8. its been some time since i looked but tubeless tyres are effectively not designed to run at the mega low pressures we run them at
  9. let me reassure everyone that in this worst case scenario the ACU (assuming its an ACU event) would supply the club/its offcials with legal representation (eg a barrister) so clubs/offiails can be legally covered. I would also say/note that if one looks at the insurance section of the handbook, there is also a medical malpractice cover (in addition to the earlier notes about first aid being outside of the realm of suing)
  10. try and
  11. the posts above list some good local dates list putting an ACU hat for a second - the idea is nice to try and have a national dates list, i belive it is populated from the permits database - ie when a club asks for an event to take place it is recorded for insurance purposes - the extrapolation to a dates list is a stretch because there is no human input, but its better than checking a million website or having to phone around. Andy has a calendar (see and so does TMX, but both depend on users inputting dates - i'm (as an organiser) as guilty as many others as i don't put our dates on either
  12. MX related but this always used to be a cracker;
  13. as the first reply says every different area of the country, even different clubs within each area, have their own ideas about what is "right" i think we all (worldwide?) try to go from one pair of gates to the next pair of gates, but quiet how these gates are identified certainly varies. so clubs have 4 (we do), 5, or even 6 different routes through a section so the see of colour that you see can be very confusing. yes do try asking the observer, but they might be confused too or harassed. as a back up find someone else who is riding the same route (colour) as you and watch them or even walk the section with them. PS obviously what we do in the south east is right, with pairs or yellow, red, blue, white, white with black cross - the rest of you are just wrong! PPS i think the inward facing arrows as used by the Scottish might actually be a better idea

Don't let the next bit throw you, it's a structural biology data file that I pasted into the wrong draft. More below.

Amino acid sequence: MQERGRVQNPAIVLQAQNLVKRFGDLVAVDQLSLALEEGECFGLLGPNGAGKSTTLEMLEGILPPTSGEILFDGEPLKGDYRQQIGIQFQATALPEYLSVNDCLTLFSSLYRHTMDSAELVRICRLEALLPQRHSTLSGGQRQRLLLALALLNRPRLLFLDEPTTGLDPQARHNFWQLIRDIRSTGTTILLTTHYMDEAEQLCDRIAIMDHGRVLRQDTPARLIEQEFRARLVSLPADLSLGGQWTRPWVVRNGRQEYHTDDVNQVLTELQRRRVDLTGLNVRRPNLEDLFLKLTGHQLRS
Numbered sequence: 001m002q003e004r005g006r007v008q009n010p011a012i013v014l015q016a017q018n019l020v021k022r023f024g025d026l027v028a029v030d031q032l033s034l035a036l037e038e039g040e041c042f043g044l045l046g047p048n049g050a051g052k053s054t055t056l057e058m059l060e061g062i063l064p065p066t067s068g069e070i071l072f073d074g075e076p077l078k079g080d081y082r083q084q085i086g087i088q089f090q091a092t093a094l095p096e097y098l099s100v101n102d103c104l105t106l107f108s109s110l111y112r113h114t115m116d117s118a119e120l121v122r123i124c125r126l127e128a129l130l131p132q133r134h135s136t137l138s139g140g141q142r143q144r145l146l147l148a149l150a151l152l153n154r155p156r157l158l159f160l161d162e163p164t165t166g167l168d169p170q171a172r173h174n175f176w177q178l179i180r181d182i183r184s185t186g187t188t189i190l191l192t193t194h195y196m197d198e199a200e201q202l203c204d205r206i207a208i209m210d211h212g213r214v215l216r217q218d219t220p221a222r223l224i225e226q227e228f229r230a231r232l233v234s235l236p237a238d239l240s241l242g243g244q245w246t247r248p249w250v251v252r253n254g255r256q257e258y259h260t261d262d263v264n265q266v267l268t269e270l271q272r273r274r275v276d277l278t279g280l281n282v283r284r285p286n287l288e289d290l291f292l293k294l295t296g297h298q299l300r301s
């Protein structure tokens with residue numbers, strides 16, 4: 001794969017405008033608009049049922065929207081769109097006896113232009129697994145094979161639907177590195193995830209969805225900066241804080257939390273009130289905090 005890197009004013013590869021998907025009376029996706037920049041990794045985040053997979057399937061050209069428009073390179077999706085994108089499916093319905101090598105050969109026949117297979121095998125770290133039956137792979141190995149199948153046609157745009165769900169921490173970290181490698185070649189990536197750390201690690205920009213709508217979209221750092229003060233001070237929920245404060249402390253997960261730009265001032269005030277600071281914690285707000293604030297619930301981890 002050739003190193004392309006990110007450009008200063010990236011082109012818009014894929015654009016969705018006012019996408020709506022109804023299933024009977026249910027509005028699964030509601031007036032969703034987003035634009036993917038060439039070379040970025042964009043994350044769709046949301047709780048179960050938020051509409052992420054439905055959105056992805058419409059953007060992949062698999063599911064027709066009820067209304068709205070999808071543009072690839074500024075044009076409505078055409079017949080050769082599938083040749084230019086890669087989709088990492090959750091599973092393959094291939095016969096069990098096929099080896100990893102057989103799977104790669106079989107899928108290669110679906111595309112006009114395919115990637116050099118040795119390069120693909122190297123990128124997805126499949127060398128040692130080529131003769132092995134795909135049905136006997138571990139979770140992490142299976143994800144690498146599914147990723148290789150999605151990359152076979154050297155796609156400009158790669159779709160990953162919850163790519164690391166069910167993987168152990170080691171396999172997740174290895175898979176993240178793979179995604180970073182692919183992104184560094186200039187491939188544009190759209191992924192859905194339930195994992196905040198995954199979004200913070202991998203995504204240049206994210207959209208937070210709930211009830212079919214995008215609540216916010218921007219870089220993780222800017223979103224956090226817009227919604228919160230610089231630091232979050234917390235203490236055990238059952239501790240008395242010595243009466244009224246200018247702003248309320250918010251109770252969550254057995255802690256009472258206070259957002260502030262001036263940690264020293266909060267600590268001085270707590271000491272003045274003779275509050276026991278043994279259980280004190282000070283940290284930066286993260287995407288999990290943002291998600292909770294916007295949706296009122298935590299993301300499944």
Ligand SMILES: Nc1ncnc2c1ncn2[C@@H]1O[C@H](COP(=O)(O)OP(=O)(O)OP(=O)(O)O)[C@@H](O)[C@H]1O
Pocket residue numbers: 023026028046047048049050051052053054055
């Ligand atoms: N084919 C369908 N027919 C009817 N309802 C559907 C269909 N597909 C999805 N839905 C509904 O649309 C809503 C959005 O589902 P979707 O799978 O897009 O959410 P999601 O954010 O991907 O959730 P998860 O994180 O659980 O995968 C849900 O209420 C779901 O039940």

14. firstly ascertain that the print vinyl is one for "low energy" surfaces eg or lots of other vinyls suppliers make similar products. the second and perhaps more critical step would be for the thickness of the laminate used. most normal graphics for everyday use are 100 microns while for "mx quality and thickness" there are specials that are around 300 microns. there are about half a dozen guys in the UK doing mx graphics with the proper stuff as a business, its all buy-able for anyone with a printer to do but economies of scale for a one off make it prohibitively expensive. eg Danger UK, spiral gfx, etc (there are more out there) thirdly (maybe firstly) the graphic designer need a template for that years plastics so what they draw up actually fits. disclaimer - i work for a sign supplies company but we don't make and i don't supply any of the guys that do this sort of work (ie i might be slightly wrong and/or i've no financial gain from this)
  15. as someone who organises a lot of MX and enduro, the sliding scale of relatively safer trials is compared to these others is truly staggering they way i would pose the question, is what sort of injury stats are we getting? knowing various high up in the ACU, i'm not ware of any statical trend in trials in a particular area that would cause one to ask for a solution i mentioned lanyards on the other thread as its something that is happening slowly (all youth, several British championship classes and now almost all sidecars), but i can't say organisers that we are experiencing problems that would cause one to say lanyards are the solution similarly full face helmets, gloves, solid discs, designated first aiders etc would imply that there is a problem that needs solving now as organisers and/or sanctioning bodies/federations we can improve best practice, offer better officials training, first aid training, risk assessment skills, etc to help, maybe technical official training for trials and enduro to improve technical control to ensure these bike specific measures are being enforced. but show us where the problem is then lets come up with a solution, rather than have a solution looking for a problem